Black tie is a dress code for evening events and social functions derived from Anglo-American costume conventions of the 19th century. Worn only for events after six p.m., black tie is less formal than white tie but more formal than informal or business dress. It is also more formal than recent intermediate codes of “creative,” “alternate” or “optional” black tie.
For men, the elements of black tie are a suit, of black or midnight blue wool, in which the jacket lapels and trouser braid are of silk or other contrasting material, a white dress shirt, a black bow-tie, an evening waistcoat or cummerbund, and black dress shoes. Women's dress for black tie occasions has varied greatly through the years; traditionally it was dinner (ankle) or tea (below mid-calf) length sleeveless dress, often accompanied by a wrap or stole, gloves, and evening shoes. Today, cocktail (knee) length dresses are considered equally appropriate in most places.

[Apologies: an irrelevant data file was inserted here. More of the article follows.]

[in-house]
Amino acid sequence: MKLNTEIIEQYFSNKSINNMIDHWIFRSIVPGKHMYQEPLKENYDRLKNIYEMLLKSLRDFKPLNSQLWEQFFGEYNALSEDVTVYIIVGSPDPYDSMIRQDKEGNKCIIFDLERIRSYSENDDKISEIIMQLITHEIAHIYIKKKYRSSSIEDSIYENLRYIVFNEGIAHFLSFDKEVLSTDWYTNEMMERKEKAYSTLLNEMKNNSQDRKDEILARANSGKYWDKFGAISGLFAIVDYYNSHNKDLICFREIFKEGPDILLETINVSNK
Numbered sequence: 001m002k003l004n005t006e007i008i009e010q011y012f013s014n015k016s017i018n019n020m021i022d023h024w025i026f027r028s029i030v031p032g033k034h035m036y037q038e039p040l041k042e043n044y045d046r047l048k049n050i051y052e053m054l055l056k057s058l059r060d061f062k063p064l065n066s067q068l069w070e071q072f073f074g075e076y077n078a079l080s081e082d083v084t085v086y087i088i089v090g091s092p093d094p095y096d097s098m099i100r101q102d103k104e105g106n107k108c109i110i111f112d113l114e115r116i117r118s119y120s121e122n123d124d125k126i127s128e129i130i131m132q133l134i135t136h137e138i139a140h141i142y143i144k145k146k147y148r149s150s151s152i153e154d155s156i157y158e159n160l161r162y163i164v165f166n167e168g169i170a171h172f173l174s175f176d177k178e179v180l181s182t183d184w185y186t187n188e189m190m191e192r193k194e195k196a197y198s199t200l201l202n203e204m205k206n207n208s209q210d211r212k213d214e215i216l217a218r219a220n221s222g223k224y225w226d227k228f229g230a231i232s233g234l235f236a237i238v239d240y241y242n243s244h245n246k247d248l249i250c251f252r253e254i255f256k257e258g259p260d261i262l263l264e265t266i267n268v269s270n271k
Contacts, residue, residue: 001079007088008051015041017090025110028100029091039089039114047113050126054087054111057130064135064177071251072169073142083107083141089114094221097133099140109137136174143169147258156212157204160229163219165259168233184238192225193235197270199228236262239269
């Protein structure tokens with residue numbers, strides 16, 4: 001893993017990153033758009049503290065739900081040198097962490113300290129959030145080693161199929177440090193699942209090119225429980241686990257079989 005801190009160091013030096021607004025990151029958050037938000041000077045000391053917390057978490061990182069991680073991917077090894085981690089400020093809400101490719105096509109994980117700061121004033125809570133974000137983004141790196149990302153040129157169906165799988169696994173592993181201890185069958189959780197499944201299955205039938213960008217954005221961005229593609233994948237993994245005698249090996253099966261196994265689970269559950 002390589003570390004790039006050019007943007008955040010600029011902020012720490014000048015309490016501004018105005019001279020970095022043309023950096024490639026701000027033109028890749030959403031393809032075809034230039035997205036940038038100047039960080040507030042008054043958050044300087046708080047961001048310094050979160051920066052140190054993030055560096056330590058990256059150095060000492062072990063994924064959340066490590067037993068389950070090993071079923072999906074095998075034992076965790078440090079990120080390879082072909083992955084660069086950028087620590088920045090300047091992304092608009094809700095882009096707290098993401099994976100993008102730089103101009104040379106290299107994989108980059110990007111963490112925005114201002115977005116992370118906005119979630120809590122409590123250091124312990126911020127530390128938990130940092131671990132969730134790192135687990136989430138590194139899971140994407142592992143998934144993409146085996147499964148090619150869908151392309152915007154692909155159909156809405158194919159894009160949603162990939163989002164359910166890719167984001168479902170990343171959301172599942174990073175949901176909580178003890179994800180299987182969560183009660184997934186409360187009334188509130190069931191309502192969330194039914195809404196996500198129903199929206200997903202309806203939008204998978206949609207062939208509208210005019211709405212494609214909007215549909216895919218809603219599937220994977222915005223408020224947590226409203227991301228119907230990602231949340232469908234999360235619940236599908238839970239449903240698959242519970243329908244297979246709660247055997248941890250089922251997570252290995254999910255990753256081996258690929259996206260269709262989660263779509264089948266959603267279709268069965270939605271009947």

Famous quotes containing the words black and/or tie:
“... the black girls didnt get these pills because their black ministers were up on the pulpit saying that birth control pills were black genocide. What Im saying is that black men have exploited black women.... They didnt want them to have any choice about their reproductive health. And if you cant control your reproduction, you cant control your life.”
—Joycelyn Elders (b. 1933)
“In the multitude of middle-aged men who go about their vocations in a daily course determined for them much in the same way as the tie of their cravats, there is always a good number who once meant to shape their own deeds and alter the world a little.”
—George Eliot [Mary Ann (or Marian)